WWWWWWWhy is everyone WWWWWWWriting questions like this? #ethanFAQ— Just Browsing (@tiltapint) August 28, 2018
See all those W’s in “Why” and “Writing”? Count them up. Did you get seven W’s? One for each Win in the Sounders current Win streak! WWWWWWWhy there’s your answwwwwwwer right there. Howwwwwww wwwwwwwonderful.
Q. Who would be your top 5 Sounders in your “trust fall” group and why? – LikkitP
Without hesitation my first answers are Chad Marshall and Stefan Frei. Those two men have proven time and time again that they are worthy of trust. Next up would be Cristian Roldan. I’ve met this man and he’s a joy and someone you immediately feel a certain level of comfort toward. I also feel like Roman Torres would be someone who would never want to disappoint anybody, and therefore would never renege on a trust fall.
My last choice would be Bryan Meredith, because that man understands the pain of being left hanging.
(Ed. Note: The following three questions deal with the status of Clint Dempsey. These were rendered moot by his Aug. 29 retirement announcement. For the sake of honoring the legend of Deuce, we considered omitting these questions and their corresponding answers, all of which were written before the news came out. Instead, we’re publishing them in their unedited form with the hope that they give a glimpse into what we as fans went through during these most recent weeks.)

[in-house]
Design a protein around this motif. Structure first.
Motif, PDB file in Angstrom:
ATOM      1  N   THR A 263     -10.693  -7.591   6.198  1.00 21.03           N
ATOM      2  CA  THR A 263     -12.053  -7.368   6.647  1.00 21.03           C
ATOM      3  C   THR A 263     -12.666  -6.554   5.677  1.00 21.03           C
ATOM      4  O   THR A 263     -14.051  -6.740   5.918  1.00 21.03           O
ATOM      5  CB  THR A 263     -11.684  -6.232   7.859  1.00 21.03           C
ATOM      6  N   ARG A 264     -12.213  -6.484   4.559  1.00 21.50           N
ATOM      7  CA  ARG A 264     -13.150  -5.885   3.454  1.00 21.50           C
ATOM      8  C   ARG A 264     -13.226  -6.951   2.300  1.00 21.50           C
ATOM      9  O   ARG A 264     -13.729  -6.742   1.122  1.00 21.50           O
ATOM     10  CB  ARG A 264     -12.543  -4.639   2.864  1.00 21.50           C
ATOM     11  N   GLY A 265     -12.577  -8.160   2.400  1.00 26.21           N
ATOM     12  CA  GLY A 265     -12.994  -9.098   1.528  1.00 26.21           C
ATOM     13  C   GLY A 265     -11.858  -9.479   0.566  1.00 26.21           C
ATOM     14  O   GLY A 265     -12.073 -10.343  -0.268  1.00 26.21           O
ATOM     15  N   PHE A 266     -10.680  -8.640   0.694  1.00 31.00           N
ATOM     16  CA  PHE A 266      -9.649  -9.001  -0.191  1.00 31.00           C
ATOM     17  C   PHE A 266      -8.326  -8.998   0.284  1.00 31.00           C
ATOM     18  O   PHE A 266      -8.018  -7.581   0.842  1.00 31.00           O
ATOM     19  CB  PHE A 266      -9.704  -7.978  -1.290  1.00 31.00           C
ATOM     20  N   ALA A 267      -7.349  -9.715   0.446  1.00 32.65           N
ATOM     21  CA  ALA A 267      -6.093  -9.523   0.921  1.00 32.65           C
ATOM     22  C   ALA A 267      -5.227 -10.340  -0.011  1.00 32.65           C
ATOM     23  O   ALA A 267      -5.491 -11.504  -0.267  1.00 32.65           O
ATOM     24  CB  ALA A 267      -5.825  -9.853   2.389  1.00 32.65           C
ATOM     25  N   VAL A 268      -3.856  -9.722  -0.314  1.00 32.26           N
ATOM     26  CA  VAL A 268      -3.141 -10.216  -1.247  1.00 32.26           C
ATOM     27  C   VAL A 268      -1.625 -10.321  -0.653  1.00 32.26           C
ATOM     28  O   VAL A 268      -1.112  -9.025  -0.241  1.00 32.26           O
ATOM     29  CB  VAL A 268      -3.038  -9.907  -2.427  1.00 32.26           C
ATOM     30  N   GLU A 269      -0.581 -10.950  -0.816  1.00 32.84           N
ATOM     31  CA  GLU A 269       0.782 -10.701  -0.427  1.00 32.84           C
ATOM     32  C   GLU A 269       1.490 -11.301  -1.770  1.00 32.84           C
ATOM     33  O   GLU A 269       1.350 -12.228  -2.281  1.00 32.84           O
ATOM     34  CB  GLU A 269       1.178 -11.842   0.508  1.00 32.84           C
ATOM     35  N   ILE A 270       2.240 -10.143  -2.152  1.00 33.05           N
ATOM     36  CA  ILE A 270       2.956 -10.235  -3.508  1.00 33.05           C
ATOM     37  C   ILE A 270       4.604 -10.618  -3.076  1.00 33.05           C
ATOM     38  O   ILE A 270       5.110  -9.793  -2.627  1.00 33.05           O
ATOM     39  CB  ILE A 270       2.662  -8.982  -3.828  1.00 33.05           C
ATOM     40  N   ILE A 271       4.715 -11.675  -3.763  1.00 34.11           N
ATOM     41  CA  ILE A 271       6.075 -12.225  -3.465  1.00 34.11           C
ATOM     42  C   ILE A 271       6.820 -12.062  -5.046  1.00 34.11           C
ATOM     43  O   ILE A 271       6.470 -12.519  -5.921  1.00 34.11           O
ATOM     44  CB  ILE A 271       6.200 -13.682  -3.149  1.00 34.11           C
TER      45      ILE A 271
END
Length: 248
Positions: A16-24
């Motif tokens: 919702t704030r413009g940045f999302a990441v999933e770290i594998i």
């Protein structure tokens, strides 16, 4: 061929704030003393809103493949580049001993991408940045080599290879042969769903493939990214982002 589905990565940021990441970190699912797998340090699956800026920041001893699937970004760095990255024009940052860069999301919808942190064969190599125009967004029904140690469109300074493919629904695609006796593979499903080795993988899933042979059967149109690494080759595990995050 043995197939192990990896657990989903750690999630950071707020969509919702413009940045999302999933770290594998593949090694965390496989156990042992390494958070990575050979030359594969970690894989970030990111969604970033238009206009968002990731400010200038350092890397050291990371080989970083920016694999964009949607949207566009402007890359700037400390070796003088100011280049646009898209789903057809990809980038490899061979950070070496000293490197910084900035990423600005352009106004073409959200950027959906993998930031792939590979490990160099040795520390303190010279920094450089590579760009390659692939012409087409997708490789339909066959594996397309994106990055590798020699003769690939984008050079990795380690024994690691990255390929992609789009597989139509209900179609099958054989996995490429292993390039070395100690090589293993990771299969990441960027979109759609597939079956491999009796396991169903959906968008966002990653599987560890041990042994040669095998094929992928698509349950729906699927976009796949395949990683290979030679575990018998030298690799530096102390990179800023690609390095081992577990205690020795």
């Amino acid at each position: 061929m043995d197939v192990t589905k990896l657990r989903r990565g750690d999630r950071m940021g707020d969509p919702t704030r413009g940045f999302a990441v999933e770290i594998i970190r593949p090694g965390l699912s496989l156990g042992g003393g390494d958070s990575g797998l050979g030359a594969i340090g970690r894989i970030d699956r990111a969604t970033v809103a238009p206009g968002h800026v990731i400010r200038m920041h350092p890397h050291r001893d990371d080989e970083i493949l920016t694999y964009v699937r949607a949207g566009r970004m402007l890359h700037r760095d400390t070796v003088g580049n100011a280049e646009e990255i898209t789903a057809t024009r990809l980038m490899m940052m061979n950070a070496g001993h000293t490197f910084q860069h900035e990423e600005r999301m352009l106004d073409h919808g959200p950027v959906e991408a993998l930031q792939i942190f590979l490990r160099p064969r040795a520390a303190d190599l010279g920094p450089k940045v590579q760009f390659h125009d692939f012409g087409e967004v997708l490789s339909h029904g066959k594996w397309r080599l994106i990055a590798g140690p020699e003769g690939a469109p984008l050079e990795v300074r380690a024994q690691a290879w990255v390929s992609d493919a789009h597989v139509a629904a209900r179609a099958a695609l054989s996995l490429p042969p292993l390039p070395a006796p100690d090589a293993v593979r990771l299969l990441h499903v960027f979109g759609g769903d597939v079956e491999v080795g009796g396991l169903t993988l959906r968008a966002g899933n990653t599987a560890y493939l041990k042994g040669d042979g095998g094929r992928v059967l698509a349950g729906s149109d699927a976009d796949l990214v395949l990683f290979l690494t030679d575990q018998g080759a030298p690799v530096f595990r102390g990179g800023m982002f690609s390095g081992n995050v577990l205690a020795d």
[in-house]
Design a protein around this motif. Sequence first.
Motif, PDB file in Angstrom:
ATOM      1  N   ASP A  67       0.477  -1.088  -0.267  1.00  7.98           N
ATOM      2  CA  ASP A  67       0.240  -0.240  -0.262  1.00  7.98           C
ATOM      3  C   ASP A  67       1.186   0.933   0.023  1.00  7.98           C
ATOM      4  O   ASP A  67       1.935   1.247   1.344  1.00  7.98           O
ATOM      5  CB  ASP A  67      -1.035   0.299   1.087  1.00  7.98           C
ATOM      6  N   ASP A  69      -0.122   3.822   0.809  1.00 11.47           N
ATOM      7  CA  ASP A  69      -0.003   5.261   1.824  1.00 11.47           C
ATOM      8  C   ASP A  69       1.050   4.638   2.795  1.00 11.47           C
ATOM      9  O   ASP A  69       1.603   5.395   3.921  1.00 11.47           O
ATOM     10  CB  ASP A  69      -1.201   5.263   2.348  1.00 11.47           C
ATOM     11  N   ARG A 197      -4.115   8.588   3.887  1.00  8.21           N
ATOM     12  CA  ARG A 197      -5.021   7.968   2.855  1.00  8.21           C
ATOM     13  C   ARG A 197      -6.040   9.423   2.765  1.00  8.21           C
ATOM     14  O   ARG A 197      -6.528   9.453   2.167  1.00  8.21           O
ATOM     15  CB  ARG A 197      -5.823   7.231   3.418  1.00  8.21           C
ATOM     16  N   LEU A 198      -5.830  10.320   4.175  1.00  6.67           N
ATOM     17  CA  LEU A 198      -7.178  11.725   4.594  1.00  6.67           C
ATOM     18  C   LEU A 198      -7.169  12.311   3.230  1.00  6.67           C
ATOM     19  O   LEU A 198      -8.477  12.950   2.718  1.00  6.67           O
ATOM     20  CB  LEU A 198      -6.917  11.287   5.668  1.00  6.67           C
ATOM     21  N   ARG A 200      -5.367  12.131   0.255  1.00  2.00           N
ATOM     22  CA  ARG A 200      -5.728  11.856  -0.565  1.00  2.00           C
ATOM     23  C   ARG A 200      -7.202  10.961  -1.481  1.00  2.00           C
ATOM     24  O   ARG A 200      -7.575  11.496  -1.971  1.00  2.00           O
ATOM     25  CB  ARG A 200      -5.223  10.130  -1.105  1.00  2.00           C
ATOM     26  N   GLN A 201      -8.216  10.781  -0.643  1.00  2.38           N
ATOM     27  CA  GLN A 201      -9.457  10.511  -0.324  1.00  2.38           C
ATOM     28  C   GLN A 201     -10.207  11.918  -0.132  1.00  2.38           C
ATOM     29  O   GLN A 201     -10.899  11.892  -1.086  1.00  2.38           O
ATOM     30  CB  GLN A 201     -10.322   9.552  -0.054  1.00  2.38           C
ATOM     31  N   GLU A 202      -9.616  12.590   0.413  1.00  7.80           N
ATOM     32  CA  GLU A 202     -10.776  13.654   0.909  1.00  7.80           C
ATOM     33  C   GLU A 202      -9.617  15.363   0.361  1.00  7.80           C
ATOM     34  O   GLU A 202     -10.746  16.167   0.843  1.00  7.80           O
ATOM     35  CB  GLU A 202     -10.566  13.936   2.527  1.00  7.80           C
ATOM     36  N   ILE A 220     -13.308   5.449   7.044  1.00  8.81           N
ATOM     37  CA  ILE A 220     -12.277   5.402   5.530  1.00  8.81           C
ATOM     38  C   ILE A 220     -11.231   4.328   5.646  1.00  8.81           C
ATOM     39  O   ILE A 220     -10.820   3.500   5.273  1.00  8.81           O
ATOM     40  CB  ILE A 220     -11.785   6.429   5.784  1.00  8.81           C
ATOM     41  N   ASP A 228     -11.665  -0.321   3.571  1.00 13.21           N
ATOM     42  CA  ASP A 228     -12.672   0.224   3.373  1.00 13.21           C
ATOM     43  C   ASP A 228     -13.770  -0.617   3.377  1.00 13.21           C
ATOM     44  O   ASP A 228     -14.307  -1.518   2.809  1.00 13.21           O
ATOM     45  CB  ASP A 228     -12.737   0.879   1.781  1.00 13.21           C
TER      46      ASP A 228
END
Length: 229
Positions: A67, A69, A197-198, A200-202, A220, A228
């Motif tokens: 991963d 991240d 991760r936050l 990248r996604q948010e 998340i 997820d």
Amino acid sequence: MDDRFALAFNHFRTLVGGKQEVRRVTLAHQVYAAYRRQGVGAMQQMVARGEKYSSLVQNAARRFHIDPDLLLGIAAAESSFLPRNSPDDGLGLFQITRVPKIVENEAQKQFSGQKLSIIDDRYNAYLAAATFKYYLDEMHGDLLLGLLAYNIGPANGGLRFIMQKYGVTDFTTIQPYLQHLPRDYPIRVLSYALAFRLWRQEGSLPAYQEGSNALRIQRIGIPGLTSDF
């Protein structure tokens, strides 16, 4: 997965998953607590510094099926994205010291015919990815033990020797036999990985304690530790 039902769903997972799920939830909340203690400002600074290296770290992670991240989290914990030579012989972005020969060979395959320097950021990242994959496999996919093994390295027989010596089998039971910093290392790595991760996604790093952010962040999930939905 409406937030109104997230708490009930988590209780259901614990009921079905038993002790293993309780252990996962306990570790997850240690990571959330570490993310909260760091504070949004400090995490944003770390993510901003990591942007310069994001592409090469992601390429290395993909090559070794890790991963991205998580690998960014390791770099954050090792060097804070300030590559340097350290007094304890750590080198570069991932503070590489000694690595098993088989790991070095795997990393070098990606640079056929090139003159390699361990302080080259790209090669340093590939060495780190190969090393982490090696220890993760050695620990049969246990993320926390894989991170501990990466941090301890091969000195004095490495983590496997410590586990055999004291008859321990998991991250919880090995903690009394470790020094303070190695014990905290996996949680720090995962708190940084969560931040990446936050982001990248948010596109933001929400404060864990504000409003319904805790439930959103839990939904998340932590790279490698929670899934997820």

It has been reported that Clint Dempsey has an issue with his back which is limiting his ability to participate. It is unclear when this injury occurred, but it must have happened after his most recent appearance against San Jose Earthquakes.
What is the next move for Clint Dempsey?— Chris Werner (@CoachWerner84) August 28, 2018
It has been established that Clint Dempsey’s contract expires after this season, and it would not surprise me if he retired once the season is over. The man is 35, he has several young children, and he enjoys his leisure time, so I’m anticipating that his well-storied career will come to an end.